The Fed Created the Next Recession
The following is a lightly edited transcript of remarks made by Alfie Meek during a Newsweek episode of The Debate about the possibility of a looming economic recession.
The long-term driver of inflation, and the reason we have so much inflation, is the fact that we printed six and a half trillion dollars in 48 months and grew the money supply by 40%. That is simply what's driving all of this, and all of the other things are just sort of add-ons to the supply chain. Is Russia's invasion of Ukraine driving some of it? Yes. Is that the main driver? No. The longer-term structural issue is the fact that we grew the money supply by six and a half trillion dollars. That's what's driving inflation at the end of the day. It takes 12 to 18 months for all that government spending to get into the system.
In April of 2021, inflation jumped from 2.7 to a little over 4%. It got above 5% in June of 2021, above 6% in October, above 7% in December, and it was 7.9% in February of this year, growing at an annualized rate of 10% in February. So we were already at that level, and then Russia walked into Ukraine on February 24th. Since then, it's now at 8.3%. We've got 5.2% of the inflation between March of 2021 and February of 2022, and only 0.4% since Russia invaded Ukraine. I understand that oil market is one thing, but I'm talking about broad-based overall inflation, and you're seeing double digit inflation across all sorts of commodities. You're seeing producer prices well into the double digits, and that's going to have to get passed on to consumers at some point. I see a much larger, broad-based reason for inflation than just the geopolitical.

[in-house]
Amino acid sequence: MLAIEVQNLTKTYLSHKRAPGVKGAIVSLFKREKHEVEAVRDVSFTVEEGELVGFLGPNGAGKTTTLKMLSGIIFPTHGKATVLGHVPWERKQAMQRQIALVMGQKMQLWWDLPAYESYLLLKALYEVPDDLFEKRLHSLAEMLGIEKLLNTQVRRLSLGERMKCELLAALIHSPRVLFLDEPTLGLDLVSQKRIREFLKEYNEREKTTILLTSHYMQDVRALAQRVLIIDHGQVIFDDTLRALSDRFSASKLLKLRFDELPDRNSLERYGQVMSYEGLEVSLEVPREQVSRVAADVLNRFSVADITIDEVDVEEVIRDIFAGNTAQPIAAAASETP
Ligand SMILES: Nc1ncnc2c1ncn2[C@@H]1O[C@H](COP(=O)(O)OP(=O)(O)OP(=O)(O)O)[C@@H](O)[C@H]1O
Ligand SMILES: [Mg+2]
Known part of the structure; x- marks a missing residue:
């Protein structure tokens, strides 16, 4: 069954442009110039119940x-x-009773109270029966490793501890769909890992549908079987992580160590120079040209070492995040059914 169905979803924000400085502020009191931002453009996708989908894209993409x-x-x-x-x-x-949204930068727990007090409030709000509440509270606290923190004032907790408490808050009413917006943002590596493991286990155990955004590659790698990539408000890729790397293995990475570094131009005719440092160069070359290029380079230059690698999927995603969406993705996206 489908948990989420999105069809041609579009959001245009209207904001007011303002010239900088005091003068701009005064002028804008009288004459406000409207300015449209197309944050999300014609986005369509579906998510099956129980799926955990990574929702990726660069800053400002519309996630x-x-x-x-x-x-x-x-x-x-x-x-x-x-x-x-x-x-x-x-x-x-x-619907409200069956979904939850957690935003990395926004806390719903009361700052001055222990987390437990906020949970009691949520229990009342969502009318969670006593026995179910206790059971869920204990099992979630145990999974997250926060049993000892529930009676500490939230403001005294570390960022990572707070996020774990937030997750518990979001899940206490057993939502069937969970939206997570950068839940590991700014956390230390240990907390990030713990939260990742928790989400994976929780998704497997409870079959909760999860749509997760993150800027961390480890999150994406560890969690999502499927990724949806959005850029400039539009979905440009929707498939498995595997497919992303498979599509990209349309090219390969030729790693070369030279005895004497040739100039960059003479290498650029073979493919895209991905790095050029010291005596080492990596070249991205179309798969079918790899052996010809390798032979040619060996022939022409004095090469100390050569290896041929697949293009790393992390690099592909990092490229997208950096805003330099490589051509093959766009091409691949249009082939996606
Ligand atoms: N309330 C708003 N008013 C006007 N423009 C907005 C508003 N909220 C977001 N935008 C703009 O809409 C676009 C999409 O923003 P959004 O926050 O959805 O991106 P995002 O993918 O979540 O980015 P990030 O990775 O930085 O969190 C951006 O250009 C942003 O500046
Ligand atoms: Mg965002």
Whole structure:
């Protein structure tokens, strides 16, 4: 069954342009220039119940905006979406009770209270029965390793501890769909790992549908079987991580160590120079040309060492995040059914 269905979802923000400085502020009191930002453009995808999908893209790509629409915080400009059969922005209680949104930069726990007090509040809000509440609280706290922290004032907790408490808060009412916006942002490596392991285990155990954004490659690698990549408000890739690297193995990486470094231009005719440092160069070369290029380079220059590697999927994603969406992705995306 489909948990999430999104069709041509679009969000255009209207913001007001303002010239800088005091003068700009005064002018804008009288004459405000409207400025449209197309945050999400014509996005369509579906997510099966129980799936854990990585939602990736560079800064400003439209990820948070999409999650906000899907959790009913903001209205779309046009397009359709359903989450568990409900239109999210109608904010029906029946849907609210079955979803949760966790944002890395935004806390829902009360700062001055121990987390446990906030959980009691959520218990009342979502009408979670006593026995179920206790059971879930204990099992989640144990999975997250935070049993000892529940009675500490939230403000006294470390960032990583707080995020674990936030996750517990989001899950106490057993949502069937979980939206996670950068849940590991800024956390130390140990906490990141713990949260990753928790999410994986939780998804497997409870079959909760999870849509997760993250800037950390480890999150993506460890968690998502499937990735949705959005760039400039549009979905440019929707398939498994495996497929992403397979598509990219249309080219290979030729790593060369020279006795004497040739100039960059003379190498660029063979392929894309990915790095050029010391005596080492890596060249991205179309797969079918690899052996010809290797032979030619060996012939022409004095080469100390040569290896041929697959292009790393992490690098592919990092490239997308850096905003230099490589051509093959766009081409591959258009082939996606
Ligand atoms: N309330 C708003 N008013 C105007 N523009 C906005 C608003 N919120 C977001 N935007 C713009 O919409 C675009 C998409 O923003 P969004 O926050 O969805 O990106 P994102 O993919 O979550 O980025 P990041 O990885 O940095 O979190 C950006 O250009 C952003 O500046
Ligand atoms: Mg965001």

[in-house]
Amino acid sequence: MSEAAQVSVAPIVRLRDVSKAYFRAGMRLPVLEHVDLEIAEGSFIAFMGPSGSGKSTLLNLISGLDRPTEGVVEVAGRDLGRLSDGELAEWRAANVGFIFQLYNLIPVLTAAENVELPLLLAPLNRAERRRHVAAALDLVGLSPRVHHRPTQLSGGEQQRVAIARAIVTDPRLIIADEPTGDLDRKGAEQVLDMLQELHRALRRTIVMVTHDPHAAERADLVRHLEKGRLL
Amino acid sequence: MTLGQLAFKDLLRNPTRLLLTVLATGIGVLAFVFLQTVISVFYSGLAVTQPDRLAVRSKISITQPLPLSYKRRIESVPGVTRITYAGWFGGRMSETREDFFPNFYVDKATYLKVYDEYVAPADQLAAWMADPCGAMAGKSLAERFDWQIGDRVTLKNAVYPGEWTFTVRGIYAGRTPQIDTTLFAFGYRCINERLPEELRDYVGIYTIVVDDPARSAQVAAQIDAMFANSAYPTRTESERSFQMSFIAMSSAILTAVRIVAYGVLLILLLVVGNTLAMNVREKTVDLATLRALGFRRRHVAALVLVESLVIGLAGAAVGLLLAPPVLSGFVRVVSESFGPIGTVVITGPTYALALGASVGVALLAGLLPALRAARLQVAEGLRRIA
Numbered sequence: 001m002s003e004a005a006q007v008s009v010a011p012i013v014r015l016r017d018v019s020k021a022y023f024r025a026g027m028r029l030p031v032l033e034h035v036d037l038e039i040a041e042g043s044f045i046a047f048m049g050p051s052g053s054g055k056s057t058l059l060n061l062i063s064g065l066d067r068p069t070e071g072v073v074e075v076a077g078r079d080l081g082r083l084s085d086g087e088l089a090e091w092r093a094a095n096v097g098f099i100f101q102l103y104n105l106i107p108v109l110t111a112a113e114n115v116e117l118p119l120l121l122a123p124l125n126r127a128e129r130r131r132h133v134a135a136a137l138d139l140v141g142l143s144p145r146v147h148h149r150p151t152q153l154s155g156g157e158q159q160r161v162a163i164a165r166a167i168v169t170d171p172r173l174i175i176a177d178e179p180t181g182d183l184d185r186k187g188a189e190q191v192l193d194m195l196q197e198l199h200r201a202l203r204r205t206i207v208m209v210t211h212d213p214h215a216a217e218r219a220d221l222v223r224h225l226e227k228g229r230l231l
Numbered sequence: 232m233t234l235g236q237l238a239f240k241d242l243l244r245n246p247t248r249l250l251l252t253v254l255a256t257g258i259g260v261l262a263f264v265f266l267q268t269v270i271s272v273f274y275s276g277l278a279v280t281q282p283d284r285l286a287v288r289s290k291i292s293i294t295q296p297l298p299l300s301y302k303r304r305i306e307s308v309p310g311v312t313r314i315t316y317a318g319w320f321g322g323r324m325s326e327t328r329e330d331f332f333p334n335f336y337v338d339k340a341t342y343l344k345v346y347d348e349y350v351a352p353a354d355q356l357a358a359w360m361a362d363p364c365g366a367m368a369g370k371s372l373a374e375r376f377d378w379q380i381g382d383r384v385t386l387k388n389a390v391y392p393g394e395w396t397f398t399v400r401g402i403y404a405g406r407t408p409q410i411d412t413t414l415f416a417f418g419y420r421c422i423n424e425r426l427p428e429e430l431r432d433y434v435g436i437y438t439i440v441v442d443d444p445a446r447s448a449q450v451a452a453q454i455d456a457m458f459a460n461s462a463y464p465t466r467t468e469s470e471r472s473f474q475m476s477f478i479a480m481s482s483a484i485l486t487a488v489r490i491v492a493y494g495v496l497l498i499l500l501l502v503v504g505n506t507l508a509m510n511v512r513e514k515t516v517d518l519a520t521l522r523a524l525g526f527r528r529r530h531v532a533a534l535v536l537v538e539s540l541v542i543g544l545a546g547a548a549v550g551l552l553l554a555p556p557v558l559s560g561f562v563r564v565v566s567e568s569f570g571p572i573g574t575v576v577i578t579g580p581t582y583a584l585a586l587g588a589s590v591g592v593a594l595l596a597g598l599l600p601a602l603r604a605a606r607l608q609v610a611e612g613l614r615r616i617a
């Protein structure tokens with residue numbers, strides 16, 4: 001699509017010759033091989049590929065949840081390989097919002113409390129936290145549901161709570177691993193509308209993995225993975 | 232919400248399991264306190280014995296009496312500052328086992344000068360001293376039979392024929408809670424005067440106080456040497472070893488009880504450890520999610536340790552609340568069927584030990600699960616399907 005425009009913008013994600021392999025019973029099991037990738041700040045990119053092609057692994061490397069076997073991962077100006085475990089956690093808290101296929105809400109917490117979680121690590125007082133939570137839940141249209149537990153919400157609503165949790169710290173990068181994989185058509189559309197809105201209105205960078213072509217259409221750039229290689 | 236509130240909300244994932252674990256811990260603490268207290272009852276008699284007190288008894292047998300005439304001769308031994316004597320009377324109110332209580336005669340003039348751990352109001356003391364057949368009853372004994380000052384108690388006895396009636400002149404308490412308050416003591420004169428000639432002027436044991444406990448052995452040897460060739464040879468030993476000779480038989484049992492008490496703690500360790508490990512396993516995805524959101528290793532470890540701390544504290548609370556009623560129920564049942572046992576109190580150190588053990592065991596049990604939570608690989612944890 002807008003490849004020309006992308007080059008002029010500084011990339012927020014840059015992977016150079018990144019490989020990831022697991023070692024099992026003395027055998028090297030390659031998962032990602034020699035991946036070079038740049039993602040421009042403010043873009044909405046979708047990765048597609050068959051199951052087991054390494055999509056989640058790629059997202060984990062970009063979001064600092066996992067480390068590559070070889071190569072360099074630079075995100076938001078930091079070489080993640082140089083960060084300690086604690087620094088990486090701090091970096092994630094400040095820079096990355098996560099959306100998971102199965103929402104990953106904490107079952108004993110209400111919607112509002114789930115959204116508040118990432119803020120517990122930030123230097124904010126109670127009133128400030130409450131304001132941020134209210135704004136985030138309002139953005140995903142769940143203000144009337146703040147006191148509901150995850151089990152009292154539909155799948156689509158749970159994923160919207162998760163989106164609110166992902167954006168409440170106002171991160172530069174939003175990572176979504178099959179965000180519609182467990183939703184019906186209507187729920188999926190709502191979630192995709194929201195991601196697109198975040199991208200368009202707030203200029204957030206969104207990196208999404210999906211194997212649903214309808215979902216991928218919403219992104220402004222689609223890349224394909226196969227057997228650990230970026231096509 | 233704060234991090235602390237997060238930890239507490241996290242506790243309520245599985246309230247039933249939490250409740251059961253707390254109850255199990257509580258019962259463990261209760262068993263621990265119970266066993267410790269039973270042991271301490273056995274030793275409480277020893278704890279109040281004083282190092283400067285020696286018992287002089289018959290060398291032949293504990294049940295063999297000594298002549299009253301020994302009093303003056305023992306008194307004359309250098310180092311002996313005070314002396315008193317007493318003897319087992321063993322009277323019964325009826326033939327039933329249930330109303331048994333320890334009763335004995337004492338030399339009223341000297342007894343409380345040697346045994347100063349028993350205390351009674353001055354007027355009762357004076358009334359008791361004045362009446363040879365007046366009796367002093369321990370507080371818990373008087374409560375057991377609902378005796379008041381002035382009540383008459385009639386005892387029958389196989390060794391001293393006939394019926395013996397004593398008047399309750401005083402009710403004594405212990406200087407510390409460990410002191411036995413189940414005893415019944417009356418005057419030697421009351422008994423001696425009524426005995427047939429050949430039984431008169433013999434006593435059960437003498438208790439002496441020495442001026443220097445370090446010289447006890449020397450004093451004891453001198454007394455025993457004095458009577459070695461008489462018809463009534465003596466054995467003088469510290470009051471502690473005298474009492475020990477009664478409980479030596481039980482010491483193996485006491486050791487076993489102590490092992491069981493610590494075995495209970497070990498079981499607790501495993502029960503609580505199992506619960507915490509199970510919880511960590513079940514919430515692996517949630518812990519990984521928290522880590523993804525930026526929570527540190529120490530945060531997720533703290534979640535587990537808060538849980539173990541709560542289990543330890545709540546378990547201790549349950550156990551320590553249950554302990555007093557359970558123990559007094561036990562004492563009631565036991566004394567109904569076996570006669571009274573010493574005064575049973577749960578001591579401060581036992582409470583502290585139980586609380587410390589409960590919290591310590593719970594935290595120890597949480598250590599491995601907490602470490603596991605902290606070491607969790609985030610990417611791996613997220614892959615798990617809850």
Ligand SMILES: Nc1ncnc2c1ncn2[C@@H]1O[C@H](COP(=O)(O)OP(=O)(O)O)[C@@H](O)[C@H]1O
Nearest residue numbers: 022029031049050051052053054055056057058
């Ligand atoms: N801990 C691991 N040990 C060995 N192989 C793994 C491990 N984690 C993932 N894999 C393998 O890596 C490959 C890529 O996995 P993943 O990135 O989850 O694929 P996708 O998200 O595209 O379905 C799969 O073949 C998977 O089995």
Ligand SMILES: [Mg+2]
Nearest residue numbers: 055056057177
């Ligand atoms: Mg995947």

Gas prices in the United States are likely to rise following the European Union’s partial embargo on Russian oil, experts said. Above, a gas pump is seen at a Washington D.C. Exxon gas station on May 24. STEFANI REYNOLDS/AFP VIA GETTY IMAGES
If I need to bid up my wages to draw people back into the labor force, I need to sell my product for higher prices. There are 10 and a half million job openings right now in the private sector, but only 5.9 million people are unemployed. We're not counting those people who are out of the labor force. Also, about 4.3 million people a month are quitting their jobs and looking for something new, so they're moving around looking for better offers. The "Great Resignation" was a big deal, but it might become the "Great 'Can I Have My Job Back'" as people start to feel this pinch.
Right now consumers are trying to absorb a lot of these price increases with credit. Savings balances went up during COVID when they got all that stimulus money, and now they've wiped all that. If you look at credit card balances, they paid them off, they really cleaned up their balance sheets, and then starting in April 2021 that took off again. And now it's much higher than pre-COVID levels. People are not going to have a choice but to start coming back into the labor market.
Alfie Meek is the Director of the Center for Economic Development Research at Georgia Tech.
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